From birth, we as humans change every day. We go through a complete metamorphosis from the day we are born to when we are ready to pass on, and each year as we blow out another candle on the birthday cake our bodies blow out a candle too. As modern science hasn’t quite worked out the kinks in the secret to artificial everlasting youth, we look to other sources. We can’t yet preserve ourselves in ice or transfer our conscious mind into robotic material, but we can maintain ourselves as naturally as our bodies are designed.
As we age all our parts age too; we lose the full quality of movement, memory, hearing, but perhaps the most frightening of all is vision loss. Our eyes are the instruments through which navigate our world, and when these instruments begin to deteriorate our perception of reality and the world outside does too. One of the most common types of age related eye disease is Macular Degeneration, settling in sometimes as early as 50 years old. There is no known cure yet for this disease, but there are exciting results of regained vision through regular acupuncture.
Macular Degeneration and the Eye
As we are focusing on Macular Degeneration in this article, we will begin with the Macula; a small central section of the Retina in charge of our immediate field of vision – what is right in front of us. Usually this is the sharpest and most detailed area of vision, but for those with Macular Degeneration it is the worst.
The Macula is tiny, around 5 millimetres in diameter and composed of layers of microscopic cells – but to find the absolute core of clarity in our vision we must go even smaller!
The Fovea is a small depression within the macula that “…contains specialized nerve cells that are exclusively of the type known as cones…” (Encyclopædia Britannica, 2007, para. 1). These “cones” are a type of photoreceptor that the Retina only has two of; the other kind is called “Rods”.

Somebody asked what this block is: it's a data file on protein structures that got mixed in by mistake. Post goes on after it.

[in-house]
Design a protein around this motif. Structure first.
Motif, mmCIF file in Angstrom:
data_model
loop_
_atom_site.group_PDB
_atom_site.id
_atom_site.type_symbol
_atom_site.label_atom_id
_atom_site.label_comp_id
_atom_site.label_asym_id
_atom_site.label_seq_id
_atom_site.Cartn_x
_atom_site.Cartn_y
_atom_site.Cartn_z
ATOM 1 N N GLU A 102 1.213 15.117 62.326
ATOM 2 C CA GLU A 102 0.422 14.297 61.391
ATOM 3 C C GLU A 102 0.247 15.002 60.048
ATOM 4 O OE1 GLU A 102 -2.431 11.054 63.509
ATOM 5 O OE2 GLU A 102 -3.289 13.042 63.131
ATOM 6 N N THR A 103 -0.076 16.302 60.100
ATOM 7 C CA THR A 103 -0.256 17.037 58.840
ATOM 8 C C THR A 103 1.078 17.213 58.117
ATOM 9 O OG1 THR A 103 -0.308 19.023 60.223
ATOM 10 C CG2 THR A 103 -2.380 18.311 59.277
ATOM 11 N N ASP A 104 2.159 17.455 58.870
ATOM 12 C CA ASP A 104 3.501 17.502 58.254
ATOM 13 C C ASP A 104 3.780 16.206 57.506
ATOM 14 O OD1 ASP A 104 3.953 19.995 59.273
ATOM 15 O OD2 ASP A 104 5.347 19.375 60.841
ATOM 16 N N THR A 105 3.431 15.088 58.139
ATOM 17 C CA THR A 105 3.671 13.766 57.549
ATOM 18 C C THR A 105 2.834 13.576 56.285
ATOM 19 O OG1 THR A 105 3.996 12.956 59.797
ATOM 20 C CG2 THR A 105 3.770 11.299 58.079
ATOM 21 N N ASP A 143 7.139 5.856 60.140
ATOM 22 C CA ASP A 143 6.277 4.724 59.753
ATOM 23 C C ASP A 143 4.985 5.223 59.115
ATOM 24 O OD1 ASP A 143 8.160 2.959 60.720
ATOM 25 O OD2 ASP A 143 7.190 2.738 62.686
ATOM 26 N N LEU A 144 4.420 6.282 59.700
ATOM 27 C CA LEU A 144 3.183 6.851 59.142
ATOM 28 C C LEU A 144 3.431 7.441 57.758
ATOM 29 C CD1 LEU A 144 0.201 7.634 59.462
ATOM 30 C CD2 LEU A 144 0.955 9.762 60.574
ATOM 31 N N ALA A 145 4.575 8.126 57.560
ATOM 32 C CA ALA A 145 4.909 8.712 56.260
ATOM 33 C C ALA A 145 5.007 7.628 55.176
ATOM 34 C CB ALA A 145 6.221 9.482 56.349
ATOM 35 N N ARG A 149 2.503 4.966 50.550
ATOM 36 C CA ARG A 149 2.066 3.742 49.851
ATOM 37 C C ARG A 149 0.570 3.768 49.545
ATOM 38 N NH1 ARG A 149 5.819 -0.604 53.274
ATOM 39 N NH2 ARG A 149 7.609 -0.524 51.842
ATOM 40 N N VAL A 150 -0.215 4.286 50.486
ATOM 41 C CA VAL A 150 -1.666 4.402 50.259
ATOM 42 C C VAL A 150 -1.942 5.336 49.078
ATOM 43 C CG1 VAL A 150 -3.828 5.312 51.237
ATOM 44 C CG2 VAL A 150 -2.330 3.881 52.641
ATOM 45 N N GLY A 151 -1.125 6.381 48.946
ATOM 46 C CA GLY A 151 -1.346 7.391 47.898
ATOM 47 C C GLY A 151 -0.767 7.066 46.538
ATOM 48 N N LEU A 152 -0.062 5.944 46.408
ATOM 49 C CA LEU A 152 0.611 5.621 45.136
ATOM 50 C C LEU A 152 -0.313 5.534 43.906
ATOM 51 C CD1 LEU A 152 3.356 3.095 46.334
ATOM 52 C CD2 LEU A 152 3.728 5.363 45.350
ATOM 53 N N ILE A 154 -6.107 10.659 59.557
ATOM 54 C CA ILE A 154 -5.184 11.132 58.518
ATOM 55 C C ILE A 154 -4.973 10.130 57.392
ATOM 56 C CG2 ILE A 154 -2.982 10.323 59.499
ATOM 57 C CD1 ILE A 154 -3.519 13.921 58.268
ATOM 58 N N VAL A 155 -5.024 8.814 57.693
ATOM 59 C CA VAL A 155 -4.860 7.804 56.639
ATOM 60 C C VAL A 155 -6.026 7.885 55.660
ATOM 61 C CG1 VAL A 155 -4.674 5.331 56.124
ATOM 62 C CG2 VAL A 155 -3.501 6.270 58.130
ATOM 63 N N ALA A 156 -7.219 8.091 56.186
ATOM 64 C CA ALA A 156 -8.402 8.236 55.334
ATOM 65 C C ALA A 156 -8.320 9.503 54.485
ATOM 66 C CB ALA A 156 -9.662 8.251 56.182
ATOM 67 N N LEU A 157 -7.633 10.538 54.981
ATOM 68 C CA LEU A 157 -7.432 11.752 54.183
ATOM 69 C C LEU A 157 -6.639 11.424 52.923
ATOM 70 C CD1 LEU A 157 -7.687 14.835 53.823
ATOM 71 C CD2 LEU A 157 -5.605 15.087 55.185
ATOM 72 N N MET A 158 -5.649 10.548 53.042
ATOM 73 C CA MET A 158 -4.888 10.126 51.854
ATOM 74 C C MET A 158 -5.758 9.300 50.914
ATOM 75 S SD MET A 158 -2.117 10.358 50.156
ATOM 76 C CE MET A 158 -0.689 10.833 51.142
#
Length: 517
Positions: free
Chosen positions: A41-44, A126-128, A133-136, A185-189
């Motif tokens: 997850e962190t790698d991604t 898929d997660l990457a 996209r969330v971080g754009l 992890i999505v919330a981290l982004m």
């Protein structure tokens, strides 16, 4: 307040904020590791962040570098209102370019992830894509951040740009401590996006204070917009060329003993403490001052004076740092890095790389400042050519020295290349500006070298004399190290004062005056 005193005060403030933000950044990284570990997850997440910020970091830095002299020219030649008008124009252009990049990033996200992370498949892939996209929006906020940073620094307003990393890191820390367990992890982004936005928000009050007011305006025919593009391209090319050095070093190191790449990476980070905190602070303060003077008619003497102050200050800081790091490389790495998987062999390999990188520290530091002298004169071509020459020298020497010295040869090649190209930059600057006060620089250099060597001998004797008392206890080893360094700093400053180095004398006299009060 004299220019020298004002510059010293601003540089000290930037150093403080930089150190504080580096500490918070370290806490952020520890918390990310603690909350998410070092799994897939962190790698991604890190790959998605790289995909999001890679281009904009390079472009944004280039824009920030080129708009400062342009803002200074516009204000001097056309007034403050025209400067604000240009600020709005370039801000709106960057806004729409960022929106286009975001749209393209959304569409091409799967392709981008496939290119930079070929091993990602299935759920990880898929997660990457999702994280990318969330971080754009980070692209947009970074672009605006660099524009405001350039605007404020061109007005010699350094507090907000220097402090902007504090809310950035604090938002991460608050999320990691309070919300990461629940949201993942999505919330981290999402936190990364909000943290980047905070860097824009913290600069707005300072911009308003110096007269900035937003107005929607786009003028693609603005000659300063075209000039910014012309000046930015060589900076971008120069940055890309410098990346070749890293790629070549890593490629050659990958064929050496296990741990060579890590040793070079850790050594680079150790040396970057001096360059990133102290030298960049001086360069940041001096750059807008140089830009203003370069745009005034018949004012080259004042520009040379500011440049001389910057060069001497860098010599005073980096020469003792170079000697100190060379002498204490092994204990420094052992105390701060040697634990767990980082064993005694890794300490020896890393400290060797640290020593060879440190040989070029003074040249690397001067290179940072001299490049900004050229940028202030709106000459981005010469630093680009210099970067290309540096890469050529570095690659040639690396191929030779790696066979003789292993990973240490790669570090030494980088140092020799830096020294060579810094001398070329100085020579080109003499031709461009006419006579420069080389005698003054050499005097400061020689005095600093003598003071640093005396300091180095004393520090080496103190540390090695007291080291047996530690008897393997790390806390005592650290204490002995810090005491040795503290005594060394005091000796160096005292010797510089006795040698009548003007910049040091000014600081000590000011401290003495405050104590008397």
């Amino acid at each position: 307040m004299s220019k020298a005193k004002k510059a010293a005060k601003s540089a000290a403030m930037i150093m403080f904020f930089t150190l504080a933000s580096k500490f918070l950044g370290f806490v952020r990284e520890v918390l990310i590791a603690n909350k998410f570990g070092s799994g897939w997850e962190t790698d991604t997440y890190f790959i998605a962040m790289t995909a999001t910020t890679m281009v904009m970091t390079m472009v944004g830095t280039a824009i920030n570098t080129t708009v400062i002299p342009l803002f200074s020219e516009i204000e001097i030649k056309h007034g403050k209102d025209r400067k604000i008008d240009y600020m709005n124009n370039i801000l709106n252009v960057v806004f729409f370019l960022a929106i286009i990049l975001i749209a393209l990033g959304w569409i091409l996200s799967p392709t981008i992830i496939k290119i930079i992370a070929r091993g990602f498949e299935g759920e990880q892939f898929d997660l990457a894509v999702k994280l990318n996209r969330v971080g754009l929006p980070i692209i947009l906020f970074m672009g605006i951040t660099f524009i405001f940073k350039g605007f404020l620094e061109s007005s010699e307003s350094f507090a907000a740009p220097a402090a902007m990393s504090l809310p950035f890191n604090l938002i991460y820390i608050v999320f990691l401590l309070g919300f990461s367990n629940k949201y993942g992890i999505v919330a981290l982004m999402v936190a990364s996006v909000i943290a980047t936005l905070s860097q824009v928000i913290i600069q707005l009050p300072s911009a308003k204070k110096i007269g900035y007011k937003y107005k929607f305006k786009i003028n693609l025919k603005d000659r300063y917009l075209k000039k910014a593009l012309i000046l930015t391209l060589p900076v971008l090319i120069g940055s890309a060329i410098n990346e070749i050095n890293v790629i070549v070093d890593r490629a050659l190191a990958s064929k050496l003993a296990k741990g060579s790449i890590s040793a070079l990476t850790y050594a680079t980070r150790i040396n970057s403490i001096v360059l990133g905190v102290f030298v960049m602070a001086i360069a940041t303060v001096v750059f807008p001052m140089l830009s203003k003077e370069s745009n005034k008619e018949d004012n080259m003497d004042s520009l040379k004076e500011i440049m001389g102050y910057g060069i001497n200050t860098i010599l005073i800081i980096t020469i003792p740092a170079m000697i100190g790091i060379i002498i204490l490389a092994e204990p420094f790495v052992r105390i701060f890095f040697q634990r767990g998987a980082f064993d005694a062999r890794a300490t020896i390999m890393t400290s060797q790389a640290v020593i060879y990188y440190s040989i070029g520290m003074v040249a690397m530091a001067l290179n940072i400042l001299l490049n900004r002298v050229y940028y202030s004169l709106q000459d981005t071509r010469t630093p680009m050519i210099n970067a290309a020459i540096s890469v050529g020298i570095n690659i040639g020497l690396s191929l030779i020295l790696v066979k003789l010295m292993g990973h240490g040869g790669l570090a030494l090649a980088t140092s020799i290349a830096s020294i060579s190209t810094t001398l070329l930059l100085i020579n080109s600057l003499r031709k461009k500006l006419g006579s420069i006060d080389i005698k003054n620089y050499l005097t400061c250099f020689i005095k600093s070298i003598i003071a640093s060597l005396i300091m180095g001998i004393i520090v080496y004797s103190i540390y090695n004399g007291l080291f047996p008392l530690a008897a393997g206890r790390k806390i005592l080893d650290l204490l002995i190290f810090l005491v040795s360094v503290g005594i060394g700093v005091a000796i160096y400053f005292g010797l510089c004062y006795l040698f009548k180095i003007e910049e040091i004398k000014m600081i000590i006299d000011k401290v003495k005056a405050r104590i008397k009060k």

Rods help us to see things at lower light levels, and cones let us see the world at brighter light levels and are accountable for our colour vision and fine detail. The Fovea is capable of providing such clear vision as closer to “…the centre of the macula there are no blood vessels to interfere with vision; thus, in this area, vision in bright light and colour perception are keenest…” (Encyclopædia Britannica, 2007, para. 1).
Here is where our main problem lies – with Age Related Macular Degeneration (AMD) the body creates new blood vessels in the retina to compensate for the older and deteriorated vessels that have become blocked. These new blood vessels are fragile and prone to bleeding into the surrounding tissue; our sensitive cone photoreceptors. This is also what is known as wet macular degeneration (or neovascular) and the most severe for sufferers of AMD. As the broken blood vessels flood the delicate Fovea, our central and most focused area of vision becomes severely and rapidly distorted. Through regular acupuncture the original congested vessels are able to be cleared so that the blood can flow naturally and no new delicate vessels are grown.
The second type of macular degeneration is known as dry (or atrophic). This form of Macular Degeneration isn’t due to burst blood vessels drowning out our core vision, but instead from a build-up of drusen “…made up of lipids, a fatty protein…” (American Academy of Ophthalmology, 2017, para. 1). In this case, the drusen is what clouds the Macula and warps our sight. Much like Wet Macular Degeneration, the drusen is able to be cleared away through regular acupunctural stimulation of the area.
Now that we have a better understanding of the eye and macular degeneration, it’s much easier to comprehend what’s going on in our body and how acupuncture and traditional Chinese medicine can help us to regulate our body’s natural energy. In part two of the Macular Degeneration series we will explore the symptoms and causes of MD, the western medical approach to treatment compared to traditional Chinese medicine.
To continue on to part two of Macular Degeneration and Acupuncture click here.
- Info-graphs courtesy of Bright Focus Foundation. (n.d.). Retrieved from http://www.brightfocus.org/
- Encyclopædia Britannica. (2007). Macula lutea. Retrieved from https://www.britannica.com/science/macula-lutea
- American Academy of Ophthalmology. (2017). What Are Drusen?. Retrieved from https://www.aao.org/eye-health/diseases/what-are-drusen